Honorary Degree Conferral of Doctor of Science to Alonzo Church collection
- Corcoran, John (Person)
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1.21 Linear Feet (1 flat box)
Alonzo Church, born June 14, 1903, was a mathematician and philosopher and one of the most accomplished and respected logicians in the world. Church made several brilliant technical breakthroughs, any one of which would have established a permanent place for him in the field of logic. His work influenced mathematics, philosophy, linguistics, and computer science. He is best known for lambda calculus, Church–Turing thesis, Frege–Church ontology, and the Church–Rosser theorem.
When Church started working in the field of mathematical logic in the 1930s, it was an inconspicuous specialty on the fringe of mathematics. Church played a leading role in developing it into the major field it was in 1990. In 1936 he helped to found the Association for Symbolic Logic and was an exacting editor for the group's international publication, Journal of Symbolic Logic, for more than four decades. The journal helped merge streams of scholarship from mathematics, philosophy, linguistics and computer science.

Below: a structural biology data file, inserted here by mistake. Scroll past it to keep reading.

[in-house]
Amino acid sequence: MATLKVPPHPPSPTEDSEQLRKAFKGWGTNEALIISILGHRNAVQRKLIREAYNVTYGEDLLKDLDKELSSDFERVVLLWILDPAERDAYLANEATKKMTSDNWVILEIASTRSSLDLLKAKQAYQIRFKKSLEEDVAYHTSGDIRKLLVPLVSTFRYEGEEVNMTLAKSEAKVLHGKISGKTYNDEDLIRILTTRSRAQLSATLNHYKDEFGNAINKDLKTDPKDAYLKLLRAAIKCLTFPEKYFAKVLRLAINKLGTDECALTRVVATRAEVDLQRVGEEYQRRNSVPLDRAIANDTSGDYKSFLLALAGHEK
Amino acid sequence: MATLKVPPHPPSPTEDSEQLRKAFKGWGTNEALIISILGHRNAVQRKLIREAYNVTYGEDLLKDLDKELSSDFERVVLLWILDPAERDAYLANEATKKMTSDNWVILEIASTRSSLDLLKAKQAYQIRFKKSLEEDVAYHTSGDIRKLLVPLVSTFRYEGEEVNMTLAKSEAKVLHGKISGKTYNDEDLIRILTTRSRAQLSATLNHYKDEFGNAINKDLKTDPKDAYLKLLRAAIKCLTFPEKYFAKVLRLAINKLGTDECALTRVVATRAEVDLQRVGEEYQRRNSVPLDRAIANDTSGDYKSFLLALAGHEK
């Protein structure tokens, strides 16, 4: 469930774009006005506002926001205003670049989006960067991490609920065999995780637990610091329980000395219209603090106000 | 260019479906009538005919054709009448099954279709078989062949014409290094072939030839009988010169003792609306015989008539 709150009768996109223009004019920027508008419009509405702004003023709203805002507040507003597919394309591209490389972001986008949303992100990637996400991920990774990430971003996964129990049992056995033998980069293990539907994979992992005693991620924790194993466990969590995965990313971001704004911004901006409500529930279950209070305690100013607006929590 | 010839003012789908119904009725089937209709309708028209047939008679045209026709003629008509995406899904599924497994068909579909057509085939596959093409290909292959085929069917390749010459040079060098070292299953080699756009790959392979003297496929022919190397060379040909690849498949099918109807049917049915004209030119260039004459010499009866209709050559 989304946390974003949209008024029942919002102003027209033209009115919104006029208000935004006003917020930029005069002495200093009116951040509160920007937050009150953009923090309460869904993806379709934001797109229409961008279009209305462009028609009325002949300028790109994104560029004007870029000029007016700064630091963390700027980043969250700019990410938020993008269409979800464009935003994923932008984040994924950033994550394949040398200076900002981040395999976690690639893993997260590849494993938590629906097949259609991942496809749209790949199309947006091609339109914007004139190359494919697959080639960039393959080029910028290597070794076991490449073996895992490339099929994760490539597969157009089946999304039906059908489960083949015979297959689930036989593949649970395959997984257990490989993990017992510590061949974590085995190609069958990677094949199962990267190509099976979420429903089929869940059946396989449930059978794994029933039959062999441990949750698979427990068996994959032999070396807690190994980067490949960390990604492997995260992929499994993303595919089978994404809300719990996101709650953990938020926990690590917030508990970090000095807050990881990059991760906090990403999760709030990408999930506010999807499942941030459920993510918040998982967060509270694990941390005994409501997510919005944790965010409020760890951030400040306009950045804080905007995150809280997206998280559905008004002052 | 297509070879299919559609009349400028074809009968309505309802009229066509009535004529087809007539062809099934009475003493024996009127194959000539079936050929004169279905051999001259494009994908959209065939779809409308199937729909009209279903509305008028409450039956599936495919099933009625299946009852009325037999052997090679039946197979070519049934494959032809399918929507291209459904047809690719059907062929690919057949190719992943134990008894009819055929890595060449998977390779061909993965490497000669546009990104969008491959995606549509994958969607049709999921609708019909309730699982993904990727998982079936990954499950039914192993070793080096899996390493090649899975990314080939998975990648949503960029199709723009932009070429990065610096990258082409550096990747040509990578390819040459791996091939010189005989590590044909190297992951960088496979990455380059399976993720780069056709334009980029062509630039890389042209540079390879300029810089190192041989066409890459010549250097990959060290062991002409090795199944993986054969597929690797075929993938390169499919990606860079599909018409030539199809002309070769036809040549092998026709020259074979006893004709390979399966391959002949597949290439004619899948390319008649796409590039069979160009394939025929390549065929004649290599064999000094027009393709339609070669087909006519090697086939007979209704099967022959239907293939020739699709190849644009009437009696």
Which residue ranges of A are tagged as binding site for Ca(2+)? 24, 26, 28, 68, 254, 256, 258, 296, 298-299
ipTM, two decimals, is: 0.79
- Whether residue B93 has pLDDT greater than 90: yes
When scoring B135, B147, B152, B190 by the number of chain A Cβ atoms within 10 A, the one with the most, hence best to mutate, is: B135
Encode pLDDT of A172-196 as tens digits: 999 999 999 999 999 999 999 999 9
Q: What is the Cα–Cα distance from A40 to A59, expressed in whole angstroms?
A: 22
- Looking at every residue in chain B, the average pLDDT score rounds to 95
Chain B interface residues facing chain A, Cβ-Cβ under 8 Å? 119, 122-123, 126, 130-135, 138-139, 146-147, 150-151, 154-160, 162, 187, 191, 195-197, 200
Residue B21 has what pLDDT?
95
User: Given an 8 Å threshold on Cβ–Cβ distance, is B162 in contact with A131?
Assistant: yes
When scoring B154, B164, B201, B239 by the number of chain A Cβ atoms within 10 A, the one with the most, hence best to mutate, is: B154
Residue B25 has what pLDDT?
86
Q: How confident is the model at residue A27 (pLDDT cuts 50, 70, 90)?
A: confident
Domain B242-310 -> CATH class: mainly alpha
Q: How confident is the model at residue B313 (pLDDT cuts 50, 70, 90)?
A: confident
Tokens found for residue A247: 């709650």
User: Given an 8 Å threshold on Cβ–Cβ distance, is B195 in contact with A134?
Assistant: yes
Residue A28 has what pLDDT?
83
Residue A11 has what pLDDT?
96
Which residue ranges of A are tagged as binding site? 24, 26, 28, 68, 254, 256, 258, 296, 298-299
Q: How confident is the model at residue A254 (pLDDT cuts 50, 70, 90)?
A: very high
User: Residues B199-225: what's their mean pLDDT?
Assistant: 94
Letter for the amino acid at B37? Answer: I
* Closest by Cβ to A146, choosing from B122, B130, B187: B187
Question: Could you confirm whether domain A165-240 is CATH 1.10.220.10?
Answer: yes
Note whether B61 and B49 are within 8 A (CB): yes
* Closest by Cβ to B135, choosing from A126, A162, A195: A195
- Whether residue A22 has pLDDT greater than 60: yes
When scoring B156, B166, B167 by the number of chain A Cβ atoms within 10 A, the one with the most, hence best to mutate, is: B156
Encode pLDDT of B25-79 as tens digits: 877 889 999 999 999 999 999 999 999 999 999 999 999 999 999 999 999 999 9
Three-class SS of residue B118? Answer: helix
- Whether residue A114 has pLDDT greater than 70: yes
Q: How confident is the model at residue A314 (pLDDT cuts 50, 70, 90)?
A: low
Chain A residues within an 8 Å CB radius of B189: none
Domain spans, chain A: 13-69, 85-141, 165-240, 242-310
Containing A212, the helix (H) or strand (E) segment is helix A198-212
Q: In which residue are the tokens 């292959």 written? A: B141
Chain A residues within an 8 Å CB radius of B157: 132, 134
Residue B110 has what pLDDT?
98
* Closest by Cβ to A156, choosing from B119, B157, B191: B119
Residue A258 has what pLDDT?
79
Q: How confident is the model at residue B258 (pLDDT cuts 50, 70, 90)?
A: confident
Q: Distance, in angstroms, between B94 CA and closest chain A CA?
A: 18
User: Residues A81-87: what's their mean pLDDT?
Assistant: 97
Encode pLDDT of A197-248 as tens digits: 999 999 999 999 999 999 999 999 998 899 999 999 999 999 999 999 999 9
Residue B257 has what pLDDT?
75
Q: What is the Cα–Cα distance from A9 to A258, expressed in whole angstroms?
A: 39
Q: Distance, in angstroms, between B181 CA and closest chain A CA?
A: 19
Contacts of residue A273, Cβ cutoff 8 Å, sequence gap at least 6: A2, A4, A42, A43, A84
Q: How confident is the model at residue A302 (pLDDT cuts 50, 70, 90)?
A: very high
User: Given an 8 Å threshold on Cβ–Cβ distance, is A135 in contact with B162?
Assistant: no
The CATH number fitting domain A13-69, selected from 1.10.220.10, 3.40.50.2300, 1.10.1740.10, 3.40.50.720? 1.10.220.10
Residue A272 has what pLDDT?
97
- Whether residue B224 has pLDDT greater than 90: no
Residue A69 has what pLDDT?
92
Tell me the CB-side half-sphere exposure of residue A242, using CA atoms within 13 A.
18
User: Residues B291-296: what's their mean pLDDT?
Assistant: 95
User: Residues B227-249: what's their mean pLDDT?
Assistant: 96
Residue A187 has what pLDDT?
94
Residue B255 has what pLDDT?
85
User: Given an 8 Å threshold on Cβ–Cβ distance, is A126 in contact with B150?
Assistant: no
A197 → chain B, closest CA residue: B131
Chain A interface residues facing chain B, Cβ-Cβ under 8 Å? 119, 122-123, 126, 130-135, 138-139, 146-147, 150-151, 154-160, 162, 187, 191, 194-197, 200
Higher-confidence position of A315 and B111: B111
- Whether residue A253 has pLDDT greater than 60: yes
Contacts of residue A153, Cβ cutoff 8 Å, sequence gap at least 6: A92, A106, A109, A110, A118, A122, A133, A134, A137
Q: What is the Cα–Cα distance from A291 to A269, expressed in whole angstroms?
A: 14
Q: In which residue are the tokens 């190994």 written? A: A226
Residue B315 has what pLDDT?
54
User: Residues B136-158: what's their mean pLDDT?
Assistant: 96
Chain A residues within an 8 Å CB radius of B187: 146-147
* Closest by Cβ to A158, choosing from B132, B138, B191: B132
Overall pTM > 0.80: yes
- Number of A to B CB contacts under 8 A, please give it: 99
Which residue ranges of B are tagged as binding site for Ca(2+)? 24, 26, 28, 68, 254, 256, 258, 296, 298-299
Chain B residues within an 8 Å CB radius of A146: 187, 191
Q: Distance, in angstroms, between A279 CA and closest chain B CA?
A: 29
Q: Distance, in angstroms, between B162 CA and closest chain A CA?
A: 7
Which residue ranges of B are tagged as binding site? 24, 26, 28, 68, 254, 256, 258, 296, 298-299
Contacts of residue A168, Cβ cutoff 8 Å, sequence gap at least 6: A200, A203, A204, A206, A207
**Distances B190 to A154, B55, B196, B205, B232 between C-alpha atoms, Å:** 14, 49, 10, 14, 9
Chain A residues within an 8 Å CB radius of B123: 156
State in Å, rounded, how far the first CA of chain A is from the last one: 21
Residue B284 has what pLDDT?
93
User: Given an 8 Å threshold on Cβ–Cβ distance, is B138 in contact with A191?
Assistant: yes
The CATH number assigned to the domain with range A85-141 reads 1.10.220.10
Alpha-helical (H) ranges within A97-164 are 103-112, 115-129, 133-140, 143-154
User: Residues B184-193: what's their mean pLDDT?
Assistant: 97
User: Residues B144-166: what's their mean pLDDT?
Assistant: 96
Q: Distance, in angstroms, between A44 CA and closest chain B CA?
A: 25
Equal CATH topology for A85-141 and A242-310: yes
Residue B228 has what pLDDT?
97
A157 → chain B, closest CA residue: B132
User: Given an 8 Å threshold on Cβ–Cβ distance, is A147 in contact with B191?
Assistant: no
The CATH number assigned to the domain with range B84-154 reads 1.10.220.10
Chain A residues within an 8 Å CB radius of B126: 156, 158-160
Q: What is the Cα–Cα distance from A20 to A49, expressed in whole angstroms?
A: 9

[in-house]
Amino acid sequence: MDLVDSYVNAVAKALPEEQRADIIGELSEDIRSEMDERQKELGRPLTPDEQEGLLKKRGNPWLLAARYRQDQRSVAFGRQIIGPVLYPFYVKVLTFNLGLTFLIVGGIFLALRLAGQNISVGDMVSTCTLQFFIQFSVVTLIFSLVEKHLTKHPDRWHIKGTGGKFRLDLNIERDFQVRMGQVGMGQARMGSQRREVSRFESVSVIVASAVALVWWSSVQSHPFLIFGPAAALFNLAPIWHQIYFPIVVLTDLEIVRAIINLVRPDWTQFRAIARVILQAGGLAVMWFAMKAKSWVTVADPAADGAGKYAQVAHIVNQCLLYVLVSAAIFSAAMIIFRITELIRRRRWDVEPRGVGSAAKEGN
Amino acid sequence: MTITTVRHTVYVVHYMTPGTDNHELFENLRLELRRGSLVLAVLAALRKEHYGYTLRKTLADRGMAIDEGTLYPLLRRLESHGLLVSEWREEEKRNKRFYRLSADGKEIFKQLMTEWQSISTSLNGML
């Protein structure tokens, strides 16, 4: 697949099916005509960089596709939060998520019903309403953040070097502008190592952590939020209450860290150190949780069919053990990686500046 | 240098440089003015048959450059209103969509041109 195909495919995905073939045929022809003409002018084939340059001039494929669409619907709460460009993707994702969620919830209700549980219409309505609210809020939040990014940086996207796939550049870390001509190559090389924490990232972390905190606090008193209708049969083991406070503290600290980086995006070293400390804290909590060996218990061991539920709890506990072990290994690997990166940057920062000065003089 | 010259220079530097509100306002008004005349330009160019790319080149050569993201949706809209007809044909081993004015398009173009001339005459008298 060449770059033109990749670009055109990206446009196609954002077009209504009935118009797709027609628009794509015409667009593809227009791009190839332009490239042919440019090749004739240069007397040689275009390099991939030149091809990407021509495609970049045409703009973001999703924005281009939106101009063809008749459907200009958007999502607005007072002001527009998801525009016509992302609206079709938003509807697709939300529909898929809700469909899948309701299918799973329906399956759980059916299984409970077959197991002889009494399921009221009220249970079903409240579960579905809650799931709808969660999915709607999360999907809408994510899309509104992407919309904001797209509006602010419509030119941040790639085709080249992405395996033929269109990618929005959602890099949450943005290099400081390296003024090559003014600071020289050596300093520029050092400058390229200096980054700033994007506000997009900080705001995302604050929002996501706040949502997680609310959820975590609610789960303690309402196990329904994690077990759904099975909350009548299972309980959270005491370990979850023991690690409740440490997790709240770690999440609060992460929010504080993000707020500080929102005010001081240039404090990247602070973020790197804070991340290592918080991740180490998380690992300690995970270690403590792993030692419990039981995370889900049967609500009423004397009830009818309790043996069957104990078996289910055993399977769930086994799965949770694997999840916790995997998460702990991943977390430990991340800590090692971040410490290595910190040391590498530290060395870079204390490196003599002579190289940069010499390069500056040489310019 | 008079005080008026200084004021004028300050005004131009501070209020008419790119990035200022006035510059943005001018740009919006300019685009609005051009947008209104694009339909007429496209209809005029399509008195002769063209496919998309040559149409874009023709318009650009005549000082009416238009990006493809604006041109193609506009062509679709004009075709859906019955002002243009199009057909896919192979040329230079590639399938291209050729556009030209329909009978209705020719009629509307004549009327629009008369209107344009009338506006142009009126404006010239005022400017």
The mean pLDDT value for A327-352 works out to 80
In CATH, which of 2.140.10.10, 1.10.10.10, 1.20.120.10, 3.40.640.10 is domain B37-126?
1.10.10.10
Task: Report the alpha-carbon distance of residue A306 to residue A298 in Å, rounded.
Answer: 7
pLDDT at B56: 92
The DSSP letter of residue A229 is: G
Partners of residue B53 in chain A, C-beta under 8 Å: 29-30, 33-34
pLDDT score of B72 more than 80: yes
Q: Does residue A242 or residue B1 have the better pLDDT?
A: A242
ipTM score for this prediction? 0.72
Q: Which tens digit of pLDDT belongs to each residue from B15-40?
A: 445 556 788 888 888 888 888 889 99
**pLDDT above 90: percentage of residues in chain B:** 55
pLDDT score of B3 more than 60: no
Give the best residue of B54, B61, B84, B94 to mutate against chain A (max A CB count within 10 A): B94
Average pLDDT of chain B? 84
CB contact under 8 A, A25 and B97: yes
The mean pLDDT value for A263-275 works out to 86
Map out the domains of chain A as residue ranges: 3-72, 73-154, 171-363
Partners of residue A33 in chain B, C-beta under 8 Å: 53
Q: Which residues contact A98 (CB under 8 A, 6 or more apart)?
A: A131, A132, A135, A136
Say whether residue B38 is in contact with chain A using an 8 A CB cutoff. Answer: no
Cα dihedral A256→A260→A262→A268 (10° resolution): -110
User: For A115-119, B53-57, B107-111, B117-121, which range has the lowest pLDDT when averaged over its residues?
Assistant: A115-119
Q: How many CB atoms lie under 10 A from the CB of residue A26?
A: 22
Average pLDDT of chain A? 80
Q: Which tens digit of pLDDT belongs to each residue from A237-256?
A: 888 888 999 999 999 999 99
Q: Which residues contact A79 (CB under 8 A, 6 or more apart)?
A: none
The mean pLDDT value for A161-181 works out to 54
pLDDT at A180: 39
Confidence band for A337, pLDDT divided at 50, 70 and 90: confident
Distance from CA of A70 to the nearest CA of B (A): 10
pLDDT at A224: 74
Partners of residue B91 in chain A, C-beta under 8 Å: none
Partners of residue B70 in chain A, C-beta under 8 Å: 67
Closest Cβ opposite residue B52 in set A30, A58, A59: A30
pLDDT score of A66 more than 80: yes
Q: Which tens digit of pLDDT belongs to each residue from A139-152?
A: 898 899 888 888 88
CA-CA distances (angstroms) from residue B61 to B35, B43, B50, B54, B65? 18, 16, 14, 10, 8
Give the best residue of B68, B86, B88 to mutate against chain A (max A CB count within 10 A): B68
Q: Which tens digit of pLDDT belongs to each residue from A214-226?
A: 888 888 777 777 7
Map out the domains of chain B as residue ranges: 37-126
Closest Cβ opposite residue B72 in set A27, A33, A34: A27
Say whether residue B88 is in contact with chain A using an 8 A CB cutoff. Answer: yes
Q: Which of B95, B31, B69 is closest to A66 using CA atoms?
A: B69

An inspired teacher, Church was a professor of mathematics and philosophy at Princeton University from 1929-1967 and from 1967-1990 at the University of California at Los Angeles. He trained several of the most distinguished contemporary logicians, including Professors Martin Davis, Leon Henkin and Hartley Rogers, who spoke at the symposium in Church's honor at the University of Buffalo held May 18 and 19, 1990.
Prof. Church died August 11, 1995.
Source: Updated from the Commencement brochure in the album.
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- Finding Aid for the Honorary Degree Conferral of Doctor of Science to Alonzo Church collection
- Finding aid prepared by Karen Spencer.
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